How long will it be before a virus targeting RAPL appears?

Limiting the average power consumed by a processor is likely to result in programs running more slowly. Will the average user notice? Slower browser response could be caused by all sorts of things. Users are much more likely to notice a performance problem when watching a high definition video.

For service providers RAPL is another target to add to the list of possible denial-of-service attacks.

Ternary radix will have to wait for photonic computers

July 9th, 2012 2 comments

Computer cpu economics suggest that a ternary radix representation rather than binary should be used for representing integer values. The economic cost of a cpu is is roughly proportional to r*w, where r is the integer radix and w is the width, in bits, of the basic integer type (for simplicity I’m assuming there is only one and that the bus width has the same value); the maximum value that can be represented is r^w.

If we fix the maximum representable value M = r^w and ask which value of r minimises r*w, then we need to differentiate {r ln M}/{ln r} w.r.t. r, giving ln M (1/{ln r} - r/{r (ln r)^2}) and this equals 0 when r = e (the closest integer to e is 3).

The following plot shows the maximum representable value (right point of horizontal line) that can be achieved for a given ‘cost’ when the radix is 2 and 3.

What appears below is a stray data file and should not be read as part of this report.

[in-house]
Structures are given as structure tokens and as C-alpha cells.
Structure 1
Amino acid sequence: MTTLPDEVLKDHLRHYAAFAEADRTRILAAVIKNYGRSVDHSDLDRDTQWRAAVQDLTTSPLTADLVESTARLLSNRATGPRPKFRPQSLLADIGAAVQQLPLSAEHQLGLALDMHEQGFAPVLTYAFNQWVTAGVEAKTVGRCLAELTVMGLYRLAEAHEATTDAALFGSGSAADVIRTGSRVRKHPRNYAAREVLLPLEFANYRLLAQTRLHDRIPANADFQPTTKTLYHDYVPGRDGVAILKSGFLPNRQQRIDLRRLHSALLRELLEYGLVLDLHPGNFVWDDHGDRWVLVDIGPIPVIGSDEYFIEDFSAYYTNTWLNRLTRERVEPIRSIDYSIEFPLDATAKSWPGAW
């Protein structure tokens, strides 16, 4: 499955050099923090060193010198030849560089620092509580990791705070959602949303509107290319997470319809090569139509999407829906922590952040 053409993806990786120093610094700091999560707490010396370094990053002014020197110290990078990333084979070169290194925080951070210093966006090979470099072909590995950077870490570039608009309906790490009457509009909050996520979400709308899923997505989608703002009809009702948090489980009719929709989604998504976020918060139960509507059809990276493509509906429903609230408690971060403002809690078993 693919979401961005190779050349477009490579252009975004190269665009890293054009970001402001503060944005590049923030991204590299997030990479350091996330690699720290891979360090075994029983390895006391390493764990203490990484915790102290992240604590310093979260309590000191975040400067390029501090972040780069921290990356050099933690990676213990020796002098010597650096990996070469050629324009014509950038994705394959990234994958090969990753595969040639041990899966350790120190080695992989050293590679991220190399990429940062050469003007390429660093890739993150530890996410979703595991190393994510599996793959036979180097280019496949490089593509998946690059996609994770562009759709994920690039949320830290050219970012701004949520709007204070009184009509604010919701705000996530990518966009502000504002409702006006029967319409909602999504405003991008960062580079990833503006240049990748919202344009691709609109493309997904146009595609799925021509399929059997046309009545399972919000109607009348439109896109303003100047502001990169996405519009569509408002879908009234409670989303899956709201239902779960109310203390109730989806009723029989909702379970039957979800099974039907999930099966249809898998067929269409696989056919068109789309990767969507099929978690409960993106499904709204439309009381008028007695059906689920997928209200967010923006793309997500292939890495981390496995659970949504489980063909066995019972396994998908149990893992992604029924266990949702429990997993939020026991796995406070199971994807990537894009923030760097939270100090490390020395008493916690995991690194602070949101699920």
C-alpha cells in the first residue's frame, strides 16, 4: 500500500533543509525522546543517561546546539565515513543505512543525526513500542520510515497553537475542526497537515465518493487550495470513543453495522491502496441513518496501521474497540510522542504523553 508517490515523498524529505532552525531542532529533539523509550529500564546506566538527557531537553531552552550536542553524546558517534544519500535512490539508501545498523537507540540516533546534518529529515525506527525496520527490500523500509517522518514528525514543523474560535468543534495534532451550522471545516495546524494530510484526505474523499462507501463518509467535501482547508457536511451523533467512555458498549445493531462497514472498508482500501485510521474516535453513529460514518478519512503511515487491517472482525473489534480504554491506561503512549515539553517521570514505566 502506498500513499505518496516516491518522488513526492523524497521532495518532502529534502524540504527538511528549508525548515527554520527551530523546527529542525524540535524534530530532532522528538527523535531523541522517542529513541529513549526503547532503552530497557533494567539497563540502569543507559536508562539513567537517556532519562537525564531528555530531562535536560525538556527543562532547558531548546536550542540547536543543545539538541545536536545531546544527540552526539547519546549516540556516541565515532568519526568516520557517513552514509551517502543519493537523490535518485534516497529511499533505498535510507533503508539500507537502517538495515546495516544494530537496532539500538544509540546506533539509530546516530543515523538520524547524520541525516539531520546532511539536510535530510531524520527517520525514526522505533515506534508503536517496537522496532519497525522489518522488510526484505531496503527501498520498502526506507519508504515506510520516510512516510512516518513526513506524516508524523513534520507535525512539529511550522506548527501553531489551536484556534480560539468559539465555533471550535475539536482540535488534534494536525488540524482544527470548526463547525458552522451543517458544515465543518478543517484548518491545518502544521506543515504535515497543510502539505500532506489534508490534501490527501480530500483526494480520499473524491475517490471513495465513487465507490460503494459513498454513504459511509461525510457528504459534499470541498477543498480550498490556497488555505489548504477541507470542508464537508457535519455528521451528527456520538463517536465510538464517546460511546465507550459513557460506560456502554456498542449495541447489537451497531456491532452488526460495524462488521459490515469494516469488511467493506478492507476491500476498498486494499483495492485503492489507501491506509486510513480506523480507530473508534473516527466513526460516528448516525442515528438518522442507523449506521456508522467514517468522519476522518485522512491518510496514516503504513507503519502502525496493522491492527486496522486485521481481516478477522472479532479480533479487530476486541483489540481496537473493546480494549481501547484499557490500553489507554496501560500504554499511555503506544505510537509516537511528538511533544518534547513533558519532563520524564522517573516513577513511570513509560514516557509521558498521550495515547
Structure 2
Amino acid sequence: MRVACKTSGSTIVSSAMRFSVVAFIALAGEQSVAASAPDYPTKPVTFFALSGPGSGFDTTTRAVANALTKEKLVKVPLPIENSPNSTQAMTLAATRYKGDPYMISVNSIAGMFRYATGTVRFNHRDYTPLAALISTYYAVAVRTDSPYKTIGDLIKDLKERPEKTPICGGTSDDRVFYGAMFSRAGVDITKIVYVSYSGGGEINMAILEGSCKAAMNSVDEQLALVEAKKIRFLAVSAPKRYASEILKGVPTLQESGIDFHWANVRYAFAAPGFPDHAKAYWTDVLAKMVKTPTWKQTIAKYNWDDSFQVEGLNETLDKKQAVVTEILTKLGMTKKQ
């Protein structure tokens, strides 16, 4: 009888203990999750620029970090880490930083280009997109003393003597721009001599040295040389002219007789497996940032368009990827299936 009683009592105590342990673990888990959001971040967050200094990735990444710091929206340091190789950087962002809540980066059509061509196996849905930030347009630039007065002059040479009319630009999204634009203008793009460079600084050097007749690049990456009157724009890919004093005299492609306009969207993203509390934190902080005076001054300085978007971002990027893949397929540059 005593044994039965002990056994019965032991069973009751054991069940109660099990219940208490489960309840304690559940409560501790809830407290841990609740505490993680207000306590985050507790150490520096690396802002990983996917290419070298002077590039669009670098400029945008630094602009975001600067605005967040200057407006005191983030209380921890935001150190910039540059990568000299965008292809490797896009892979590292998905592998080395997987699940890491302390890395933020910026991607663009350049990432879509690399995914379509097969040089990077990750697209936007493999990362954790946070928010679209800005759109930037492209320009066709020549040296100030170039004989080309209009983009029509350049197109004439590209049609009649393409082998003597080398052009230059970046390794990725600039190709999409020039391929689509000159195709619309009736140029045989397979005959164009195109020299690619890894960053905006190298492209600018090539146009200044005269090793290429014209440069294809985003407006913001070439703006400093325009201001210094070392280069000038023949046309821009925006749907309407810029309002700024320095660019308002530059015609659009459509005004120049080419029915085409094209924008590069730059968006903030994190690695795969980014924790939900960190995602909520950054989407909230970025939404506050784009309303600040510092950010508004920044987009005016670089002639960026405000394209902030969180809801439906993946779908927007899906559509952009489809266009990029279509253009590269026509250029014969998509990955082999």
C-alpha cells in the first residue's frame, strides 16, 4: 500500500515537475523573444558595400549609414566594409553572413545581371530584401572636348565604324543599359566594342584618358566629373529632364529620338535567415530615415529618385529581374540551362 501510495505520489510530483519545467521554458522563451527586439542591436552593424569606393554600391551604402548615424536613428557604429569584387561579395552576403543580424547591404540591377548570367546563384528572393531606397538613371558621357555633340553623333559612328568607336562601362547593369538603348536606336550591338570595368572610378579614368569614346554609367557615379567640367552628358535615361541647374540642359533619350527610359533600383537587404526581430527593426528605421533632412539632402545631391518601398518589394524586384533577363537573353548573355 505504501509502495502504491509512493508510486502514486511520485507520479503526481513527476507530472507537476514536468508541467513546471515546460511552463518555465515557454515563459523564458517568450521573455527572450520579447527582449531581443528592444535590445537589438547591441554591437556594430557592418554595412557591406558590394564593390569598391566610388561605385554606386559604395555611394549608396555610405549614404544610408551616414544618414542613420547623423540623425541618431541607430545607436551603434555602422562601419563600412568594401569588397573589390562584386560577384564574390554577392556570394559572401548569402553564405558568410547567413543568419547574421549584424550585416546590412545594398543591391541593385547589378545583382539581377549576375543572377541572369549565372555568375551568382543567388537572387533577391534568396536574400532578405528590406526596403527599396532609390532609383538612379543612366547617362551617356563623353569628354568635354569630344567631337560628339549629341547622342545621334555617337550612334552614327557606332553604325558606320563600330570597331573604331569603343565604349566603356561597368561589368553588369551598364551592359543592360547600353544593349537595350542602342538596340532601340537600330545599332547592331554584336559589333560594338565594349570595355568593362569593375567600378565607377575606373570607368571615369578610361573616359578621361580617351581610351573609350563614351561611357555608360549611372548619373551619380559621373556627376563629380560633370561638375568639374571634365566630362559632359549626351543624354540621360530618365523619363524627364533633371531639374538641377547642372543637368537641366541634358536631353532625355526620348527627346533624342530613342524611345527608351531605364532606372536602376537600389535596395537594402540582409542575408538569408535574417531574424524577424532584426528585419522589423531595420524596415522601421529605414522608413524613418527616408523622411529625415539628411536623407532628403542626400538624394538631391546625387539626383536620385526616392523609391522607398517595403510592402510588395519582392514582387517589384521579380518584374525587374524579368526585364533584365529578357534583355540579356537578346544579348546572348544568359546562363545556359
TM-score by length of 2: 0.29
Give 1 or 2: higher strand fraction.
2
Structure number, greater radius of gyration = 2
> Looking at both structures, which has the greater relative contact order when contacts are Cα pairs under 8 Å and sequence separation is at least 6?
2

Binary/Ternary complexity vs maximum representable value

The reason binary is used in practice is purely to do with the characteristics of power consumption in electronic switching circuits (originally vacuum tube and then transistor based). Electrical power is proportional to voltage times current and a binary circuit can be implemented by switching between states where either the voltage or the current is very small, in either of these two states the power consumption is very low; it is only during the very short transition period switching between them, when the voltage and current have intermediate values, that the power consumed is relatively high. A 3-state switch would need a voltage/current combination denoting a state other than 0/1, and any such combination would consume non-trivial amounts of power (tri-state devices are used in some situations).

I have little idea about the complications of storing ternary values in memory systems, but I guess there will be complications.

In the 1960’s the Setun computer used a ternary radix and there has been the odd experimental systems since.